Gene Primer Sequence
Cytochrome b L14841 a 5’-GCTTCCATCCAACATCTCAGCATGATG-3’ TOUCCBH
5’-GAGAARRATGGGTGRAATGG-3’ BARBCBH b 5’-GAGAAGTANGGGTGGAAKGG-3’
TOUCCBL 5’-CTTCCTNCTNCCATTCCTAATYRCAGG-3’ BARBCBL b
5’-CTTCCTCCTNCCATTYCTAATCRCAGG-3’ H16065 c
5’-GGAGTCTTCAGTCTCTGGTTTACAAGAC-3’ H4a d
5’-AAGTGGTAAGTCTTCAGTCTTTGGTTTACAAGACC-3’ COI L6625 e
5’-CCGGATCCTTYTGRTTYTTYGGNCAYCC-3’ H7005 e
5’-CCGGATCCACNACRTARTANGTRTCRTG-3’ ND2 L5215 f
5’-GGCTGARYAGGCMTCAACCARAC-3’ L5758TOUC 5’-TGNGAGATRGAGGAGAARGC-3’
H6313 g 5’-CTCTTATTTAAGGCTTTGAAGGC-3’
a From Kocher et al. (1989). b From Moyle (2004). c From
Helm-Bychowski and Cracra (1993). d From Harshman (1996). e From
Hafner et al. (1994). f From Hacke (1996). g From Sorenson et al.
J D. W 1196 [Auk, Vol. 122
calculated using PAUP* (Swoff ord 2001). I used the partition
homogeneity test (Farris et al. 1994, 1995) as implemented in PAUP*
(Swoff ord 2001) to compare phylogenetic signal and test for
incongruence between the COI, cytochrome- b, and ND2 data
For MP analyses, all characters were unor- dered and equally
weighted. Maximum- parsimony trees were built using a heuristic
search with tree bisection–reconnection (TBR) branch-swapping and
100 random-addition rep- licates. I bootstrapped the MP data using
1,000 heuristic search replicates with TBR branch- swapping and 10
random additions per replicate (Felsenstein 1985). I also performed
similar MP analyses on a combined data set, including both
molecular and morphological characters.
MODELTEST (version 3.06; Posada and Crandall 1998), which
implements the general procedure of Cunningham et al. (1998) and
Huelsenbeck and Crandall (1997), was used to select the simplest
model of sequence evolution and obtain model parameters for ML
analyses. Model parameters obtained using MODELTEST (Posada and
Crandall 1998) included empirical base frequencies, six
rate-substitution param- eters, invariant sites, and a gamma
distribution shape parameter. To evaluate the support for
likelihood tree branches, I used 100 bootstrap replicates with TBR
branch-swapping and one random addition per replicate.
For Bayesian analyses, I used a mixed model (GTR + I + G), with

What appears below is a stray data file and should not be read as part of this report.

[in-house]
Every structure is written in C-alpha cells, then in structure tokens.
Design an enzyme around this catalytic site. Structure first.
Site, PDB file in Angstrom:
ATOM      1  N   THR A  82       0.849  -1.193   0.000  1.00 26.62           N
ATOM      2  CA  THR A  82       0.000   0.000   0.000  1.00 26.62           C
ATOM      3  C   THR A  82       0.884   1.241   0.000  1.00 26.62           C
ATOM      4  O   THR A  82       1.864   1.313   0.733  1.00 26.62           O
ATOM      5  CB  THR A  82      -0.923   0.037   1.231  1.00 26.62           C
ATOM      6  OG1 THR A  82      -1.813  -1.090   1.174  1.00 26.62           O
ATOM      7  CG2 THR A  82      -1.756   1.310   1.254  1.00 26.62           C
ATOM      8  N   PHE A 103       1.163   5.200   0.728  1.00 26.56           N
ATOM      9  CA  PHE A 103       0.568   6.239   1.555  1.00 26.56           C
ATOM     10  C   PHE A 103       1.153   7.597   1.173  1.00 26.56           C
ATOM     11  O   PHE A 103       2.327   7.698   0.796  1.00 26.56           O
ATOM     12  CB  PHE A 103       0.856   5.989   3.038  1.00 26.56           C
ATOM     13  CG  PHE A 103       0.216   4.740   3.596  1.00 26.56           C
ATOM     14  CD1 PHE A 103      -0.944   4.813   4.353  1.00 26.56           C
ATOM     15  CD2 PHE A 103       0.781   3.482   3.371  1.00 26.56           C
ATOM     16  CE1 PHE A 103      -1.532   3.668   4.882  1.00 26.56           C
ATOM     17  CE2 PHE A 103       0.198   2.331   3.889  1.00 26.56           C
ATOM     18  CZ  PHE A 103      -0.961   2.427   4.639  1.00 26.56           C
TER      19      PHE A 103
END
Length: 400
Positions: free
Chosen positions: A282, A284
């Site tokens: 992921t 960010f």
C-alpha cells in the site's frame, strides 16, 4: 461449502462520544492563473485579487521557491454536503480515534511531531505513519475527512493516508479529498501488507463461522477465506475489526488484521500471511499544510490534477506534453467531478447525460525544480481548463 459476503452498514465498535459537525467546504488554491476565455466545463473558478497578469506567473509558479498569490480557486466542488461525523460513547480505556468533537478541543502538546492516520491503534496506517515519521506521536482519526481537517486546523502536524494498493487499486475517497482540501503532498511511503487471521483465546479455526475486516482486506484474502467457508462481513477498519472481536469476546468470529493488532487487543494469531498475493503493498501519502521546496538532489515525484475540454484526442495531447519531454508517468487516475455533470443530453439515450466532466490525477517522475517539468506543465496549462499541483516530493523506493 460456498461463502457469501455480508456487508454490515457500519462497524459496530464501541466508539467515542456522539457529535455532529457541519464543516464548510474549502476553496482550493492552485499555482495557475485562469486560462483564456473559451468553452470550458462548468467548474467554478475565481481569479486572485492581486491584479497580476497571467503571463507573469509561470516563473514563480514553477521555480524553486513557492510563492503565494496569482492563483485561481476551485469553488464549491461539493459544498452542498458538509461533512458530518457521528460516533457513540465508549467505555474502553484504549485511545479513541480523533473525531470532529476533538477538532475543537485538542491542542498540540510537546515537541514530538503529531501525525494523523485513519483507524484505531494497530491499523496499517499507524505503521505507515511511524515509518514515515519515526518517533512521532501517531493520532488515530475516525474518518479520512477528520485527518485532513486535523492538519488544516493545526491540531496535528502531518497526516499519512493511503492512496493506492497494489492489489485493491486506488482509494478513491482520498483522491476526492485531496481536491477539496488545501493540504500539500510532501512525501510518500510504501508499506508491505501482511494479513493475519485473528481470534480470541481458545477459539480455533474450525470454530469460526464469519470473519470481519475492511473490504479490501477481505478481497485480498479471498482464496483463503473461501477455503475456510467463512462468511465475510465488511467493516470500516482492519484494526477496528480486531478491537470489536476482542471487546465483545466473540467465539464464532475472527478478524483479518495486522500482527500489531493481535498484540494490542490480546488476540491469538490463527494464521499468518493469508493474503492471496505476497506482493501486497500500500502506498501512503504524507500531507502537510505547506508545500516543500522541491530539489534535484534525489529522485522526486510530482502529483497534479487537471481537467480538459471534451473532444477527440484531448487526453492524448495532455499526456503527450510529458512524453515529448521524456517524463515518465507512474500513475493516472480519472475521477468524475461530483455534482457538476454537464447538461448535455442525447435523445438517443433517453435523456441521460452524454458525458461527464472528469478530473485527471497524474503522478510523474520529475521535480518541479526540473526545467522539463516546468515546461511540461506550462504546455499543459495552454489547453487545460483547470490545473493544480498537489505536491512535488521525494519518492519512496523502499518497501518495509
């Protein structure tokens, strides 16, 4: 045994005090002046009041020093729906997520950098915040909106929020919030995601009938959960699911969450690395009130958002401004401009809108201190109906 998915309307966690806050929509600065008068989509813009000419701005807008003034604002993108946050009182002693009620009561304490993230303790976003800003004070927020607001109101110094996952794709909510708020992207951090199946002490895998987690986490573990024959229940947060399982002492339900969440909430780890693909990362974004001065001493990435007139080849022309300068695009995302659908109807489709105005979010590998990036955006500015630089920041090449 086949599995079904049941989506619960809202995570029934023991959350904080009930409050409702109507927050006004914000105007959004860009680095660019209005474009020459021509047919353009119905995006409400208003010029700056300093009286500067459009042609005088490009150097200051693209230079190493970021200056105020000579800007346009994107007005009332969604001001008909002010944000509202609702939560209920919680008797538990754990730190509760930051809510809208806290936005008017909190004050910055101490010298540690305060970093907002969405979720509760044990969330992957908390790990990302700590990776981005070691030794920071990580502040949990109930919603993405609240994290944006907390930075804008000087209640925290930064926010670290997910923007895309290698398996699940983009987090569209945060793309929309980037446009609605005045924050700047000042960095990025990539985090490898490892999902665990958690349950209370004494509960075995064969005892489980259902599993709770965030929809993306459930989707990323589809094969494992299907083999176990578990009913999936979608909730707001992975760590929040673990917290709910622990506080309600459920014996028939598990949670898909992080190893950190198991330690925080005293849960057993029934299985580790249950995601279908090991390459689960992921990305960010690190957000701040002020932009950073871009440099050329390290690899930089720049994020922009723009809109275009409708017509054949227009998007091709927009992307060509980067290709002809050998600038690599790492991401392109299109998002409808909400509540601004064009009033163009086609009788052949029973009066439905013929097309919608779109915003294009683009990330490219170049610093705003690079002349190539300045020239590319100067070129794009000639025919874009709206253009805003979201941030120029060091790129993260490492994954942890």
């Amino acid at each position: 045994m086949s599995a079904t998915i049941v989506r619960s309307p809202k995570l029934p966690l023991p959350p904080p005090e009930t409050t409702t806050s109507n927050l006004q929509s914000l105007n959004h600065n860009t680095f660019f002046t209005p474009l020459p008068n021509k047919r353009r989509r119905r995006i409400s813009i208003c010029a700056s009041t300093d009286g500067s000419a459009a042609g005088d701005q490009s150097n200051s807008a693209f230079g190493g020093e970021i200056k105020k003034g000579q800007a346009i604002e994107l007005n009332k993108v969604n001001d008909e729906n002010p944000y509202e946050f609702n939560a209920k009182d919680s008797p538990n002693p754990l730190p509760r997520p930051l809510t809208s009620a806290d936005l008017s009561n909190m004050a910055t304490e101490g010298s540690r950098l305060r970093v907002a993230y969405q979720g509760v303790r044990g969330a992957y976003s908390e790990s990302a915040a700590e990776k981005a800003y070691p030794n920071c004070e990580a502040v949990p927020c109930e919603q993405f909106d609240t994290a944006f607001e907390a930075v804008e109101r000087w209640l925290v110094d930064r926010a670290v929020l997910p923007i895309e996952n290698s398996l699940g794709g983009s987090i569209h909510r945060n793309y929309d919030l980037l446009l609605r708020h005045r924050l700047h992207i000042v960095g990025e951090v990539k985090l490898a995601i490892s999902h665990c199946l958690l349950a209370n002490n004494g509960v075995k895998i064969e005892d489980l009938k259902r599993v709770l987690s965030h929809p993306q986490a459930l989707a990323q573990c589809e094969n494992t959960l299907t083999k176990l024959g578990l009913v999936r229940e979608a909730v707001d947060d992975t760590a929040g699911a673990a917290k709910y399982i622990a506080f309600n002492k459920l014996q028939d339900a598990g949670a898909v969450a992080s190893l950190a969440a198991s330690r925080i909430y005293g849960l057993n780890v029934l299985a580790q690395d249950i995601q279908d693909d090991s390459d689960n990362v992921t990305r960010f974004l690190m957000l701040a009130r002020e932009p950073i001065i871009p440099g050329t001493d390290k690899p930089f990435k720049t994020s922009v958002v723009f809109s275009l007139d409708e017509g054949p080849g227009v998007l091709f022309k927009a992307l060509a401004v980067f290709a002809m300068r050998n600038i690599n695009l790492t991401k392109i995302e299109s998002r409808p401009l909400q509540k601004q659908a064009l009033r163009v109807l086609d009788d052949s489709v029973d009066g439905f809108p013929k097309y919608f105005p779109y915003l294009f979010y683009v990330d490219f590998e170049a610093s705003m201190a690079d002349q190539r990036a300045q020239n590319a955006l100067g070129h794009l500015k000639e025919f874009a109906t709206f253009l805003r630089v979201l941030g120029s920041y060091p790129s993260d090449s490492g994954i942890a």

nine data partitions, consisting of the three codon positions for
COI, cytochrome b, and ND2. This approach accounts for potential
diff erences in evolutionary model parameters between the nine data
partitions. I did not defi ne the model parameter values a priori;
instead, I estimated them as part of the analysis. All the model
parameters (except topology and branch lengths) were set as
unlinked between partitions. I ran Bayesian analyses for 4.0 × 106
generations with four incrementally heated Markov chains and the
default heating values, and initiated the analyses with random
starting trees. Trees were sampled from the Markov chains every
1,000 generations, and the log-likelihood scores for all these
sampled trees were plo ed against genera- tion time to determine
when log-likelihood val- ues reached a stable equilibrium
(Huelsenbeck and Ronquist 2001). I discarded all trees sampled
prior to this equilibrium point as “burn-in” (Leaché and Reeder
For each terminal taxon in the phylogeny, I examined museum
specimens at the Louisiana State University Museum of Natural
Science and used Novaes (1949), Van Tyne (1955), Haff er (1974),
and Short and Horne (2001) as references to code body regions with
variable coloration as characters (Table 4). All characters were
scored as unordered and either binary or multistate. Ramphastos
plumage is mostly black with a few distinct white or
carotenoid-colored patches. In carotenoid-colored patches, they
express a continuous range of yellows, oranges, and reds.
Therefore, I followed the methodology of Omland and Lanyon (2000)
and scored only the presence and absence of carotenoid coloration
for these variable plumage patches. Bill shape, vocalization, and
body size characters were taken from Novaes (1949) and Haff er